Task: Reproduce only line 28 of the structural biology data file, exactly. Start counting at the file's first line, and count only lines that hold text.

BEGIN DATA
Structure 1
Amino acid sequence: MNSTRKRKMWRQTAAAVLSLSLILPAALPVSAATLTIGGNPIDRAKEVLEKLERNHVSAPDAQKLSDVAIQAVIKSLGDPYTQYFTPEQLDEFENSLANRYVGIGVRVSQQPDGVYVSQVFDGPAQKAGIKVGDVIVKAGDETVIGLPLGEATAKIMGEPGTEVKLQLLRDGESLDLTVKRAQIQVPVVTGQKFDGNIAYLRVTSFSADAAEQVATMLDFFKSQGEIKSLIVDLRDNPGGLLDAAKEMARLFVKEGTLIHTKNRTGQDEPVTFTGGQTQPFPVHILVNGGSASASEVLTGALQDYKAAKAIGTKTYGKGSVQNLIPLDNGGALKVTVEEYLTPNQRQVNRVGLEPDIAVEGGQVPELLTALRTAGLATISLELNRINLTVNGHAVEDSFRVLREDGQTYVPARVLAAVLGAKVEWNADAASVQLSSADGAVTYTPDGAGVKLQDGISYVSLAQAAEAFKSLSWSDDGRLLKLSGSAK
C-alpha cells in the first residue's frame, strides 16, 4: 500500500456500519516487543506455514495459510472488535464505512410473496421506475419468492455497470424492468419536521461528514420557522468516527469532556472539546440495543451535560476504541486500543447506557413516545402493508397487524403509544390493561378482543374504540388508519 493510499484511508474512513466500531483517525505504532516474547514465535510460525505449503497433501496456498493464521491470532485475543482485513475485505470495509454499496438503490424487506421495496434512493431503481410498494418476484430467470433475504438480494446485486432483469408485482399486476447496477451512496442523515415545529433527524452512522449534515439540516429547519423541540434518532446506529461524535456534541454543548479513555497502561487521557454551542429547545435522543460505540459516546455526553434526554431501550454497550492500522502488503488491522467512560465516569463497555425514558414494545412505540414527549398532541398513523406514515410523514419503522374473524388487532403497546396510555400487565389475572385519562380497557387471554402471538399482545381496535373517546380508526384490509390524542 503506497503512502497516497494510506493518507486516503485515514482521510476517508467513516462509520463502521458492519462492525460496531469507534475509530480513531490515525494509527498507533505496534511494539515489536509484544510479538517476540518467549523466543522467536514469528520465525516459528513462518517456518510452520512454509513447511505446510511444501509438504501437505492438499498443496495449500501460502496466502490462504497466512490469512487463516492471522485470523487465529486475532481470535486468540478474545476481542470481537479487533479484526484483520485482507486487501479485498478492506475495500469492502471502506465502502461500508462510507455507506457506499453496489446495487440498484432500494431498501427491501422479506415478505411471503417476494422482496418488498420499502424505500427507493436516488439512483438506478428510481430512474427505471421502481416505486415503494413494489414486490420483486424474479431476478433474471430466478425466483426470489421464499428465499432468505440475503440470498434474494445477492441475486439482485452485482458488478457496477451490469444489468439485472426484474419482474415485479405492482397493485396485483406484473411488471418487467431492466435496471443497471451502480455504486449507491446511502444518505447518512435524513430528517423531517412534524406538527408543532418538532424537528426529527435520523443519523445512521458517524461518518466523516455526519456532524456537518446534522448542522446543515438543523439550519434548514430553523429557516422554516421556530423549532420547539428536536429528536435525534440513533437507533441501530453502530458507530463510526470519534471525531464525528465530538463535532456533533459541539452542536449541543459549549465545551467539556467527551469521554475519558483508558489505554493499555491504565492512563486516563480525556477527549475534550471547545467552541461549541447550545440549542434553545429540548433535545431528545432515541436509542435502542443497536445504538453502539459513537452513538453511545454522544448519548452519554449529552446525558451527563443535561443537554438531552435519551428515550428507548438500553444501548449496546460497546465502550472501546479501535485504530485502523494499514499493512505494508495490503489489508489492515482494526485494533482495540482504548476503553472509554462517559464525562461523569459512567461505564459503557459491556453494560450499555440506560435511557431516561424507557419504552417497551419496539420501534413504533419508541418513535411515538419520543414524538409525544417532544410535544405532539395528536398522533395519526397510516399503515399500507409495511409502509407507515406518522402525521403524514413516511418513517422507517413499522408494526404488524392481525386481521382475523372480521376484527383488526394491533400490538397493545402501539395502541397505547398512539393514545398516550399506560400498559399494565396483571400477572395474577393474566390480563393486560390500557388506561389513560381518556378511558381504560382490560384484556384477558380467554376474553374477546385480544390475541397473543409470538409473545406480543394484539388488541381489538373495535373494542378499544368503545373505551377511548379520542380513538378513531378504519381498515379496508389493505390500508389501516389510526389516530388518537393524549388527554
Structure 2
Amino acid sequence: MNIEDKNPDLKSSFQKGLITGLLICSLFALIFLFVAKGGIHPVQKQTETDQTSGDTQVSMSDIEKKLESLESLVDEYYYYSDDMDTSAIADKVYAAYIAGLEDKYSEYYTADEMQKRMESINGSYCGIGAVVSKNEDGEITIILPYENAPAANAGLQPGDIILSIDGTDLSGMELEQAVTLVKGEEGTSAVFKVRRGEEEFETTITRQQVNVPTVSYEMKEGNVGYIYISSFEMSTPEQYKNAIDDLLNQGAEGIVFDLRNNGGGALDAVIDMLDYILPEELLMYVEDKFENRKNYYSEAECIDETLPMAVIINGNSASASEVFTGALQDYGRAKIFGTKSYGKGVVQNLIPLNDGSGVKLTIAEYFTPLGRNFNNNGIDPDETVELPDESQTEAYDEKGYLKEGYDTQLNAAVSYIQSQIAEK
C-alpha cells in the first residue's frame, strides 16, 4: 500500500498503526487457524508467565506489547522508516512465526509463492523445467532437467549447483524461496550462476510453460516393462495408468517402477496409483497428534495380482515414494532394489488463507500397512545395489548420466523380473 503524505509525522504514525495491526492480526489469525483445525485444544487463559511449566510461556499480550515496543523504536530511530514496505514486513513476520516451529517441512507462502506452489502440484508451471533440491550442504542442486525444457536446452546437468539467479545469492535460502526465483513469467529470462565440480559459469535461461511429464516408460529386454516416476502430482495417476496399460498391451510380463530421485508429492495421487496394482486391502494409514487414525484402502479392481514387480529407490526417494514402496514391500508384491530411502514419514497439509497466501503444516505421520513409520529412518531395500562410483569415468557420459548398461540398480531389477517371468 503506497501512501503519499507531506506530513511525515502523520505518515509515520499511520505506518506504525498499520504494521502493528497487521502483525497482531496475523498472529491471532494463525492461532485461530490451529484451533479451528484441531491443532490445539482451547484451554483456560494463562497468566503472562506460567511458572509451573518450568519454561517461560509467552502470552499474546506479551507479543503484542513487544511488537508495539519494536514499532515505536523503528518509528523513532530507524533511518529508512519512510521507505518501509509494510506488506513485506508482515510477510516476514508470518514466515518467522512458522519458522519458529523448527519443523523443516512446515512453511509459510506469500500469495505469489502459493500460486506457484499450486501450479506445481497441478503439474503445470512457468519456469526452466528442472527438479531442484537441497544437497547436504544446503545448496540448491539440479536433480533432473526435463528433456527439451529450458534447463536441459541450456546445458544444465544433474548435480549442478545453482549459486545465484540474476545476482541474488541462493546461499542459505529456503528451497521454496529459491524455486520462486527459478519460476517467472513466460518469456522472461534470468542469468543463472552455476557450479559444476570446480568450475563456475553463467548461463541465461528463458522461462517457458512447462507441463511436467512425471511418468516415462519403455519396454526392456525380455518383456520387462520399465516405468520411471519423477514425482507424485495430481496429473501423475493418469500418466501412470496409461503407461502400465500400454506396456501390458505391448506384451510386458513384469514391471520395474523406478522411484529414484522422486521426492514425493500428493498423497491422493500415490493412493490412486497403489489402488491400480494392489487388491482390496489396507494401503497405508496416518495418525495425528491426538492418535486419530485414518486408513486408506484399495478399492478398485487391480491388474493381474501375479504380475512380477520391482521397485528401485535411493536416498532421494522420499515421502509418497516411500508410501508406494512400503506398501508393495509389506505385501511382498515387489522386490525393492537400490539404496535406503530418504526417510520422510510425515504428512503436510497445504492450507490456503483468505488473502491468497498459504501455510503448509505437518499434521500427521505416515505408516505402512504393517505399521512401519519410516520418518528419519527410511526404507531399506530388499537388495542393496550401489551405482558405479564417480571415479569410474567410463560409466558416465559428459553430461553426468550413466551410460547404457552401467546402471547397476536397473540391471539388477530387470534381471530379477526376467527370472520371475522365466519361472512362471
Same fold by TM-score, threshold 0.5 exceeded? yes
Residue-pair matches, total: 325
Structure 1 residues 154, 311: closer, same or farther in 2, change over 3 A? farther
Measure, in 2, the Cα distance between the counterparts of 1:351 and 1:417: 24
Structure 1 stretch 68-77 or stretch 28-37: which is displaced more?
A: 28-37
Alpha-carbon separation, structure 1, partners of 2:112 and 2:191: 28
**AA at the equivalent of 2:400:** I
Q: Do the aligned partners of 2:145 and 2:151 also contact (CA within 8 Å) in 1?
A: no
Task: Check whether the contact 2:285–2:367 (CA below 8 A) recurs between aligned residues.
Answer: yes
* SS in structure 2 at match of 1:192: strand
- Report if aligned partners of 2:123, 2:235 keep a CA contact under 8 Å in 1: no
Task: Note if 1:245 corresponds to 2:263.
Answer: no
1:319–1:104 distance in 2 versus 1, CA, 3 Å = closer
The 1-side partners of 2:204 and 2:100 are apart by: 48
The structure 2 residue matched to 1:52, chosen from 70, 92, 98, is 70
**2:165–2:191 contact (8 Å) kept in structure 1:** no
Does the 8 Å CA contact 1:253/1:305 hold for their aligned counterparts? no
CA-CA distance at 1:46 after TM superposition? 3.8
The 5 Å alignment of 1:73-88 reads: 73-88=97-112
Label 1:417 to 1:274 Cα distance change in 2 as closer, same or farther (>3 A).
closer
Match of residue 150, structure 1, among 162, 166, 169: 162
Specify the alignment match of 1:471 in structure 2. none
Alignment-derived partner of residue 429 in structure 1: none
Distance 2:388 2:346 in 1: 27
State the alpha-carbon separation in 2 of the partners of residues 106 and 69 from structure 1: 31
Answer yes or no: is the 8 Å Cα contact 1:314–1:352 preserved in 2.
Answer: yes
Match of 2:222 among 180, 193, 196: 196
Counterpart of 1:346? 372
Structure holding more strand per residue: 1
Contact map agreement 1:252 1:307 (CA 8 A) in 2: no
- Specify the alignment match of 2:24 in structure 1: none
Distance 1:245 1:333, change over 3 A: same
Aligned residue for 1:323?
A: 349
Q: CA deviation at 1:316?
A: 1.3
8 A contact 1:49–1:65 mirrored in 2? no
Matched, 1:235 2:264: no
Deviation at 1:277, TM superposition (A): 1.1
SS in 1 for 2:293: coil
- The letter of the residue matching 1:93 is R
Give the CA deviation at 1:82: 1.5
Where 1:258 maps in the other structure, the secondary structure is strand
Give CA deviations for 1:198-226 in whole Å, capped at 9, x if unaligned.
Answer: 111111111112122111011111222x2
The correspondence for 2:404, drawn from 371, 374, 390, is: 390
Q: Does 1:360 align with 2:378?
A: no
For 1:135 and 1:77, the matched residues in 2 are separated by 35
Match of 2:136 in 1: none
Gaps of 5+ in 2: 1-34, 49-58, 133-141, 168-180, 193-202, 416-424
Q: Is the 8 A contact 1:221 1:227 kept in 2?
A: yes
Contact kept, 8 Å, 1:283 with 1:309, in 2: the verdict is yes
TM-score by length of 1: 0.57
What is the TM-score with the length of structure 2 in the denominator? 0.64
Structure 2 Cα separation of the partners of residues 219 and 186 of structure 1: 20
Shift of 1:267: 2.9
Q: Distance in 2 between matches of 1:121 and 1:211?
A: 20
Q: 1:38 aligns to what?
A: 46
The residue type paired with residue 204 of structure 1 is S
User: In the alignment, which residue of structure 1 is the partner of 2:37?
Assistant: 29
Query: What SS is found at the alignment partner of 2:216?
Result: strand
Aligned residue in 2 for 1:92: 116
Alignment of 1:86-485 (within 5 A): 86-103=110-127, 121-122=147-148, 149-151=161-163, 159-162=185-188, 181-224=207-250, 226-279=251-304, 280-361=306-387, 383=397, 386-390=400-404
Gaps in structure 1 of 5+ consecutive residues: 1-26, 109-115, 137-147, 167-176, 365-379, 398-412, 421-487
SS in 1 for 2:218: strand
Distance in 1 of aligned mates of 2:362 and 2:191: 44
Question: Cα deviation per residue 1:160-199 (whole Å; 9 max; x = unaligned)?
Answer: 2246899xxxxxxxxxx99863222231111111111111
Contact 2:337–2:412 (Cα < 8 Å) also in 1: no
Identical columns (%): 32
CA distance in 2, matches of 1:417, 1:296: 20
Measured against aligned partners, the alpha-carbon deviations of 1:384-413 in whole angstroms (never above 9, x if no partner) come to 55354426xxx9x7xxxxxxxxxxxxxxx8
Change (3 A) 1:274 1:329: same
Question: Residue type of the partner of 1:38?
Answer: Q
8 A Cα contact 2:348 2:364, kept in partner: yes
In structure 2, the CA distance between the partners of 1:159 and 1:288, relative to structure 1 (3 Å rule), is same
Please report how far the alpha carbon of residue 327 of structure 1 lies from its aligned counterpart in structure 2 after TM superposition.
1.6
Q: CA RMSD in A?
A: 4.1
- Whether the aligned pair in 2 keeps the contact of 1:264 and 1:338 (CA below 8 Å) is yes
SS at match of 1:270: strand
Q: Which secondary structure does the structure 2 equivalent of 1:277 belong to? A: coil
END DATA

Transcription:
CA-CA distance at 1:46 after TM superposition? 3.8